Defragmenting my early 2008 MacBook Pro

This is the iDefrag layout view of my early 2008 MacBook Pro's hard drive blocks just as I started the defragmentation process. The horizontal strip near the bottom, with red stripes in it, is a single look at the entire drive. Red stripes indicate fragmented files across the drive. This is iDefrag's stats view of my early 2008 MacBook Pro hard drive.

I have never owned a Windows PC. I have only ever owned Macs, and I have never tried defragmenting a Mac hard drive before. I was always told that Macs maintain themselves well enough to not require the user to defragment a Mac hard drive.

My current Mac is an early 2008 MacBook Pro with a 2.4 GHz Intel Core Duo processor, 4 GB of RAM, with an upgraded 7200 RPM 500 GB hard drive that I installed several years ago. Yesterday I felt compelled to give it a checkup. So I looked online to see what people thought, and most people thought it was unnecessary to defrag a Mac. Which made me want to defrag my Mac, so I did.

First, I bought the iDefrag app. You can read reviews of it here.

Here is what I did next.

  1. Used Time Machine to backup my Mac
  2. Used OS X's disk utility app to repair permissions on my hard drive
  3. Used OS X's disk utility to repair the hard drive because errors were found on it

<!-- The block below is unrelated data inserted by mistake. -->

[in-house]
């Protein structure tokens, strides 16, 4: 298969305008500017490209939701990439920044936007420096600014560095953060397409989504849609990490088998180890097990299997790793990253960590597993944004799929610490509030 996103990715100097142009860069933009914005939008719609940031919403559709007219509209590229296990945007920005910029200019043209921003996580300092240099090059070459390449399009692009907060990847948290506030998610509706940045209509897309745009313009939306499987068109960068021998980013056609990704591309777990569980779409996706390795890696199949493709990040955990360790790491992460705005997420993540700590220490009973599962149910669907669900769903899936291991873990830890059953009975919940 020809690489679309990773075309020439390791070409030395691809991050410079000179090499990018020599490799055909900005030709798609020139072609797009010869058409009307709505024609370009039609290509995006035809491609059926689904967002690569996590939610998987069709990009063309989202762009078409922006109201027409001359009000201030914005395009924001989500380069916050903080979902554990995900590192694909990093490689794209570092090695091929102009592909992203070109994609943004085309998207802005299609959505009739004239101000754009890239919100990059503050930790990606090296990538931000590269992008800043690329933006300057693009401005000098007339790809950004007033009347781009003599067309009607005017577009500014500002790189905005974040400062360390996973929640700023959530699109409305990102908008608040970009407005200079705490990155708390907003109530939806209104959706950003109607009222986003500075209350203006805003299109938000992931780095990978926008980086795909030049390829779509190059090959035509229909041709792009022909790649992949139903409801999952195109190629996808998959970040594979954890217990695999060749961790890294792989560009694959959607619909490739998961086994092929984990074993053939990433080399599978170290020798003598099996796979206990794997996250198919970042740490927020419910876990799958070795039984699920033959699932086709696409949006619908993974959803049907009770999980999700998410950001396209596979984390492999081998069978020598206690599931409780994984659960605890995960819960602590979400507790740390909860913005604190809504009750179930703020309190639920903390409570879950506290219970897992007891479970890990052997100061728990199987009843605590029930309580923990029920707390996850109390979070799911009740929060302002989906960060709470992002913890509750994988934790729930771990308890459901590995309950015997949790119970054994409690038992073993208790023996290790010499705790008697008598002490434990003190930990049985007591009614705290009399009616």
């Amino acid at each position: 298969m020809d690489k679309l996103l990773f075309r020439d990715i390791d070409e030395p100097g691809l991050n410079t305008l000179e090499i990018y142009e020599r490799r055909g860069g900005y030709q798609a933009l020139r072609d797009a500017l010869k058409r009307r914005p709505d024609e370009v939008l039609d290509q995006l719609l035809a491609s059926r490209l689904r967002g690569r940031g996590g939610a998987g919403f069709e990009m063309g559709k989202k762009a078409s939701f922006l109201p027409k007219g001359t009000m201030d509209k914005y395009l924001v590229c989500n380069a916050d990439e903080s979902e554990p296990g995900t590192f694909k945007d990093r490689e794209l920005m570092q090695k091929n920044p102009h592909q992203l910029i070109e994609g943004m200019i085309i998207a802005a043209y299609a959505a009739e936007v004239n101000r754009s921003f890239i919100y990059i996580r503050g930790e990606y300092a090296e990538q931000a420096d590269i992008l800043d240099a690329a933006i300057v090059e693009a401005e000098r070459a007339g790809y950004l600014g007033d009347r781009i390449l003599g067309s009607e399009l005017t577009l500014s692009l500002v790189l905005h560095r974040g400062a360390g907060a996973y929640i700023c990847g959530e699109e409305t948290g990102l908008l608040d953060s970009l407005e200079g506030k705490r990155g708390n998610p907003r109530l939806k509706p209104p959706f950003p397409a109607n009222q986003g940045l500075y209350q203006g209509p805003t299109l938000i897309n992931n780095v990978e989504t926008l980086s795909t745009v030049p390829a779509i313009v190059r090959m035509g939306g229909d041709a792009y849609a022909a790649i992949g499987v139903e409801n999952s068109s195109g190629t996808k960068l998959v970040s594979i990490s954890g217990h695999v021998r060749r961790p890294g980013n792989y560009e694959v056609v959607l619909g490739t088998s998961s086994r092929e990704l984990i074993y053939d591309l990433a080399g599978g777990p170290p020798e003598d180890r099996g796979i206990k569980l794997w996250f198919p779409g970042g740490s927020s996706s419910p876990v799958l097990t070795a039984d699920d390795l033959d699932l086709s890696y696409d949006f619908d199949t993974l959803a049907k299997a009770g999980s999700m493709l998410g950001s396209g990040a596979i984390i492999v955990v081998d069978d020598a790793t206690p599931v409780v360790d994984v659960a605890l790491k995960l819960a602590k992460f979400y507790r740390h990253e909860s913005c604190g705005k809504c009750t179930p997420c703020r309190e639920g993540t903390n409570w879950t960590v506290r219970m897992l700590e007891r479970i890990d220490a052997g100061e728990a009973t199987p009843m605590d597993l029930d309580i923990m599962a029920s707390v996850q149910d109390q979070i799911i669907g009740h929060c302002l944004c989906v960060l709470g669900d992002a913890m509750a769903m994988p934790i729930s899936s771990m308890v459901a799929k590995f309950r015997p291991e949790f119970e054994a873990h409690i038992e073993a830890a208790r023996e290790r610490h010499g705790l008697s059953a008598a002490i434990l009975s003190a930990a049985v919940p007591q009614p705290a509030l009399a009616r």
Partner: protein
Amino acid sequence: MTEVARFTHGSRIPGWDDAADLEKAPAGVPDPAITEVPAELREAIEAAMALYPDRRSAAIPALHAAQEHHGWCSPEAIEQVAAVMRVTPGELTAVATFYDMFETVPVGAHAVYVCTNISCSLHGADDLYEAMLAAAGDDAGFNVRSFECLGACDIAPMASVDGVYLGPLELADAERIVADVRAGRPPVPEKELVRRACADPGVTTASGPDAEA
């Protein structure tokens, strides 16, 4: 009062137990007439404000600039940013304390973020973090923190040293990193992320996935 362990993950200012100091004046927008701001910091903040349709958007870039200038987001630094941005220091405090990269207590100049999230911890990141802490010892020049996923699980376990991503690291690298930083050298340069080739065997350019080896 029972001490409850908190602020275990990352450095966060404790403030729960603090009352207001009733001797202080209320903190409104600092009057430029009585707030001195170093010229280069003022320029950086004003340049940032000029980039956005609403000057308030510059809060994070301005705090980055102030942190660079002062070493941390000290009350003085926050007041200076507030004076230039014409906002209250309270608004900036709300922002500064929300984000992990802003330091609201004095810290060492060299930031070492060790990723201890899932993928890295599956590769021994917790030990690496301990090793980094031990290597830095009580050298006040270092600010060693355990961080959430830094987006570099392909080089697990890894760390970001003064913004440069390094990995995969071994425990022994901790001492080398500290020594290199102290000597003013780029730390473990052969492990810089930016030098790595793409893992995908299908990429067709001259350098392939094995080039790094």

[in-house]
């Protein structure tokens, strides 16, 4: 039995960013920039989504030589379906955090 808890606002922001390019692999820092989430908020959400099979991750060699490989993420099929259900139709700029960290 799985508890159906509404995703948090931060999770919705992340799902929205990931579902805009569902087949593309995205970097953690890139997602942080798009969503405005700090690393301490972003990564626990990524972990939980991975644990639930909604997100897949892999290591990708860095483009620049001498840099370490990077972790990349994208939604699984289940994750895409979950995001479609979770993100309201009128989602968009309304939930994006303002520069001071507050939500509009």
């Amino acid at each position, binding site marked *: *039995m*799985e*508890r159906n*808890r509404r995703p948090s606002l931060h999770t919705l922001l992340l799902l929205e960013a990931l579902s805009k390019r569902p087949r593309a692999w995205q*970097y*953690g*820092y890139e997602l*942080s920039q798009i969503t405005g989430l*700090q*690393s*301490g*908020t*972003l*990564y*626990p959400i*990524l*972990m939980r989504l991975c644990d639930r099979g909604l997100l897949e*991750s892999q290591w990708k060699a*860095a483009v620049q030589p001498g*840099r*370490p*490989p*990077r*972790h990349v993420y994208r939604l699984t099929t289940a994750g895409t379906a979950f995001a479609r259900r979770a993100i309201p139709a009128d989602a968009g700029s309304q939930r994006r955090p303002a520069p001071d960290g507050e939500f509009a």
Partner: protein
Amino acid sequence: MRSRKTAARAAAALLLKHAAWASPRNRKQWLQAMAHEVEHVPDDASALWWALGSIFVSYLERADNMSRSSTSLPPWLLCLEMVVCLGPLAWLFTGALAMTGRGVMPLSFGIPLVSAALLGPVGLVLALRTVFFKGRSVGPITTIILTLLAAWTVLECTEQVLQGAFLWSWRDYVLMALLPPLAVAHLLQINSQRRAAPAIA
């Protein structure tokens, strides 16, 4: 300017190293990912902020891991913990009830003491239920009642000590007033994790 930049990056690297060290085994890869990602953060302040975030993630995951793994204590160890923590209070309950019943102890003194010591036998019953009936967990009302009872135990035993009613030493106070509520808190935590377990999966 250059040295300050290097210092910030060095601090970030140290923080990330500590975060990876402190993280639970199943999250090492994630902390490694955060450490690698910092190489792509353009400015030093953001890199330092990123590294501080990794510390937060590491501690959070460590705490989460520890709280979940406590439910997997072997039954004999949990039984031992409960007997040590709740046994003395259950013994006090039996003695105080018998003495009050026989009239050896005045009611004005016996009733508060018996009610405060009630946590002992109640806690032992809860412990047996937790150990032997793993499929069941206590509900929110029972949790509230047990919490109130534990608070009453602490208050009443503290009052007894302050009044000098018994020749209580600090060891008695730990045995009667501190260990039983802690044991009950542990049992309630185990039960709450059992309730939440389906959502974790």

4. Once my hard drive was good to go according to OS X's apps, I used Time Machine to back it up again
  5. Timed how long it took my Mac to reboot = 1:30
  6. Ran iDrefrag, using the full defrag option, which took about 16 hours
  7. Rebooted my Mac a couple of times because  iDefrag said after a defrag, the Mac needs to rebuild some things
  8. Used Time Machine to backup my newly defragmented hard drive
  9. Timed how long it took my Mac to reboot on the third reboot = 1:08

This is a very unscientific test, but it seems that I at least gained some reboot time after defragmenting my hard drive. My Mac was not super slow before the defrag. Now, it's just a bit zippier. If you want really zippy improvements, you'll need to install a solid state hard drive and as much RAM as your computer will hold.

In the meantime, when people tell you that your Mac hard drive does not need to be defragmented, you can tell them that while they may be right - it does not "need" it - there is at least the possibility that you will see slight improvements if you do.

A relevant question is if $40 for the iDefrag app is worth only a slight bump in performance. From reading the user guide, I understand that defragmenting will also tell you if your hard drive has bad blocks on it, which if not taken care of can in the future render some of your files unusable. Finding this out may be worth the money for you. I had no bad blocks on my drive. I still think buying and using iDefrag was worth the money for me, because I am insatiably curious and wanted to see what would happen if I did. If curiosity kills the cat, I was spared this time, even if my wallet was not.


I study philosophy and social theory at the University of South Florida. I am also a photographer, map lover and sometimes poet.